Dr. Dayan Jayatilleka
50th Death Anniversary of Che Guevara
[This essay was originally published in English and in Spanish translation in Granma, the official organ of the Central Committee of the Communist Party of Cuba, in 2007, on the 40th anniversary of Che Guevara’s death.]
The literary imagination of genius is often more intuitive about the movement of History than that of the historian, philosopher or social scientist. In 1842, six years before the publication of the Communist Manifesto, Heinrich Heine foresaw the role and fate of Communism in these dramatic terms: “Communism is the secret name of the dread antagonist setting proletarian rule with all its consequences against the present bourgeois rule. How it will end no one knows but gods and goddesses acquainted with the future. We only know this much: Communism, though little discussed now and loitering in hidden garrets on miserable straw pallets, is the dark hero destined for a great if temporary role in the modern tragedy.”
Of all those who auditioned for the role of that dark hero of modern tragedy, none played it as memorably on the screen of History as Che. His looks and his ‘Look’ (in the Sartrean sense of ‘the gaze’), the specific aesthetic he constituted, are symbols of the trinity of rebel-hero-martyr. Soren Kierkegaard wrote of two types of heroes: ‘heroes of thought’ and ‘heroes of action’. There are passionate individualist intellectuals, thinkers, writers who stand out from the norm, mountain eagles alighting on lonely crags. There are, on the other hand, those who engage in Herculean or Sisyphean enterprise in the service of a collective cause. Che was a synthesis.
The communist experiment issued from the contradictions of Modernity. It always contained the ‘moment’ of the heroic. The most subtle of Marxist thinkers after Antonio Gramsci, Walter Benjamin, remarked in his study of Charles Baudelaire (Che was an avid fan of Baudelaire’s ‘Les Fleurs du Mal’- ‘The Flowers of Evil’) that “the hero is the true subject of modernism. In other words, it takes a heroic constitution to live modernism. That was also Balzac’s opinion”. The communist hero was modernist. “Lenin was from tip to toe a man of the new world. Herein lies his immense uniqueness, herein lies his incommunicable charm” observed Lunacharsky. Che, a hero of late Modernity, was the personification of its traits of unrest, searching, mobility, self-consciousness, intensity and violence.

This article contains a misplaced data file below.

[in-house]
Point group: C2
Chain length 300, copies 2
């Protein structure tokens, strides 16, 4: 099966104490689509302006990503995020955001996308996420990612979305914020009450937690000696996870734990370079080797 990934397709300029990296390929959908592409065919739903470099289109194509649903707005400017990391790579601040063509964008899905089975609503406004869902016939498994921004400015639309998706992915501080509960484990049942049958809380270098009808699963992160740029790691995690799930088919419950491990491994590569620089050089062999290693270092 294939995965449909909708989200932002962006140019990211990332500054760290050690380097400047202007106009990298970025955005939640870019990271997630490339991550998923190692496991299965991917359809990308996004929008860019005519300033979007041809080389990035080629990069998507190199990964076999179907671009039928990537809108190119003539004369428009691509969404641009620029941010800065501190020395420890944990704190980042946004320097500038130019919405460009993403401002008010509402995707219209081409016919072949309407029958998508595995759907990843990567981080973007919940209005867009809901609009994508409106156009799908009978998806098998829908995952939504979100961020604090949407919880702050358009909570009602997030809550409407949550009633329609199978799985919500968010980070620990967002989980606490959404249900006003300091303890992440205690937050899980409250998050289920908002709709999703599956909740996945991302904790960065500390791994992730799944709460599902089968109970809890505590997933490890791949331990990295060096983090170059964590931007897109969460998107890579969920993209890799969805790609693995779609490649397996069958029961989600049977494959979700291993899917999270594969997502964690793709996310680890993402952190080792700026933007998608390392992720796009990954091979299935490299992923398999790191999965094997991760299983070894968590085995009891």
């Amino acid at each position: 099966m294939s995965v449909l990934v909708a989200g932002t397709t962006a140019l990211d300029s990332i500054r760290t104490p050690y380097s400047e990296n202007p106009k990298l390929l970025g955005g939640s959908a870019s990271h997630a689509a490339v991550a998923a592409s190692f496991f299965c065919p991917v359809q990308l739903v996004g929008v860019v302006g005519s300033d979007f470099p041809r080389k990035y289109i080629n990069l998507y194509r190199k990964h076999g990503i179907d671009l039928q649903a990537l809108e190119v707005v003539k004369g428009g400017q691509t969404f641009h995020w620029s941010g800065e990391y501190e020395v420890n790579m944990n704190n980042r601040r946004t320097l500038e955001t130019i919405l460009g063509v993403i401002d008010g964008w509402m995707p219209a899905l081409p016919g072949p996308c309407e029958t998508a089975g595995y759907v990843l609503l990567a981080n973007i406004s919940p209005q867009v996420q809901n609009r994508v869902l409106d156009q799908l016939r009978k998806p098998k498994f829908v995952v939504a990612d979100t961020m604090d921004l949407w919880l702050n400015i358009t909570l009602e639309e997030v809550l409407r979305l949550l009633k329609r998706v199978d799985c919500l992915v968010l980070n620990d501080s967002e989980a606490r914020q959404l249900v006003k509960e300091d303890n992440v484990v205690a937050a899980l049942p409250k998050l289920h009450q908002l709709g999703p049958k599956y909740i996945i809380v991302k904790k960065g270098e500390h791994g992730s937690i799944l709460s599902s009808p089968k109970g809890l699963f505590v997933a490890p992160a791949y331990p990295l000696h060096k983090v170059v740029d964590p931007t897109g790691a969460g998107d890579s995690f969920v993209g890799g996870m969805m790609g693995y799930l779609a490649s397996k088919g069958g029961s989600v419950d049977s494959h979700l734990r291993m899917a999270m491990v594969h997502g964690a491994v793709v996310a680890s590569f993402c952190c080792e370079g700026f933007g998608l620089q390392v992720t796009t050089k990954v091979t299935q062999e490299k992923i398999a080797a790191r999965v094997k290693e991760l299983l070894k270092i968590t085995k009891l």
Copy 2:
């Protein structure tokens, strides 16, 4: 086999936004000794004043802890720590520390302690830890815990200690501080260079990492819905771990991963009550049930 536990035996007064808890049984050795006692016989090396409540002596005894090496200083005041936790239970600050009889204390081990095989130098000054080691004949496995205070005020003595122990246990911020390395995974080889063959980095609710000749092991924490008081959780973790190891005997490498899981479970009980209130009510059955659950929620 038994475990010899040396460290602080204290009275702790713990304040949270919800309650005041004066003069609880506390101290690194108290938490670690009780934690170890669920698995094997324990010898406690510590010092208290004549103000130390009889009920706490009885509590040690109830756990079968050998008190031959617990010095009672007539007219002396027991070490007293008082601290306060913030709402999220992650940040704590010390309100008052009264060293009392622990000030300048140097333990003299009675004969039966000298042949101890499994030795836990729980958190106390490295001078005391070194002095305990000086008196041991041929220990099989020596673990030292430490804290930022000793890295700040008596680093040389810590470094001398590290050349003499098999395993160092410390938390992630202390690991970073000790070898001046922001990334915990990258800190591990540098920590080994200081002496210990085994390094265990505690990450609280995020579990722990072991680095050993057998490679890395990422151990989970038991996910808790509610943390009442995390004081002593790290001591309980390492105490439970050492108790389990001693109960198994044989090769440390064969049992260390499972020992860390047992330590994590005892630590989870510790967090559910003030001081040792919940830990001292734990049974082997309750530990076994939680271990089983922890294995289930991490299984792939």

It is difficult, they always say, to imagine Che had he lived until today, but one may safely surmise he would have been like Fredrick Engels, with the latter’s sensibility, his coolly confident and lucidly analytical writing style, his intense interest in the military aspect of international politics (Engels’ nickname was ‘the General’), his Pauline interventions in the international socialist movement. Except for one set of qualities, which Engels didn’t have: Che’s restlessness, his inner tensions, his self-reflexivity, his risk-taking, and the propulsive pressure he subjected himself to: his Messianism.
Friedrich Nietzsche critiqued Christianity, the French Revolution and Socialism pointing to their commonality, continuity, contiguity. Others have said that Marxism was a ‘secular religion’ (Raymond Aron), the third great global religion (Regis Debray) following Christianity and Islam. (Hinduism and Buddhism did not spread globally). Marxism shares with these religions, two structural characteristics: ‘the Book’ and ‘martyrdom’. Scholars such as Zbiegniew Brzezinski and Hugh Seton-Watson have gone further and pointed out that the trajectory of Communism is similar to that of the Church: from persecution to power, from slave ideology to state faith, the doctrinal splits, the sects and schisms, the hunt for heresies, the Inquisitions. We for our part can discern, in retrospect, that the Church survived the fratricidal bloodletting but Communism did not, because it was precisely a secular religion. Defeat and failure could not be consoled away by faith in the Almighty or the afterlife.
Fidel often said that Communists in the clandestine life were like Christians in the catacombs and that his idea of highly committed cadres is the orders of nuns. For the Communist movement as for Christianity, “the blood of the martyrs is the seed of the church”. If Marxism was a (secular) religion, then Che was the closest it came to a Christ-figure. One marvels the admixture of self-mockery, prophetic intuition and determined self-definition that made Ernesto Guevara caption the entry for his 24th birthday in his Motorcycle Diaries as ‘Saint Guevara’s Day’! He was betrayed and abandoned by the Pharisees of Socialism — the Latin American parties of the Church of Moscow and the Church of Beijing. Beyond the reach and help of Fidel, too far from Cuba, the closest he ever came to a home, he was murdered in captivity after many hours of pain and torment by the trained satraps of the modern day Roman Empire, the USA. Che gave his life to ‘create two, three, many Vietnams, or a Vietnam of the world’. Months after Che’s death in October ’67 came his resurrection in the Spring of ’68, the Tet Offensive in Vietnam fuelling the youth revolt throughout the West with its ubiquitous dark-red tinted poster of Korda’s photograph and the slogan proclaiming that ‘CHE LIVES!’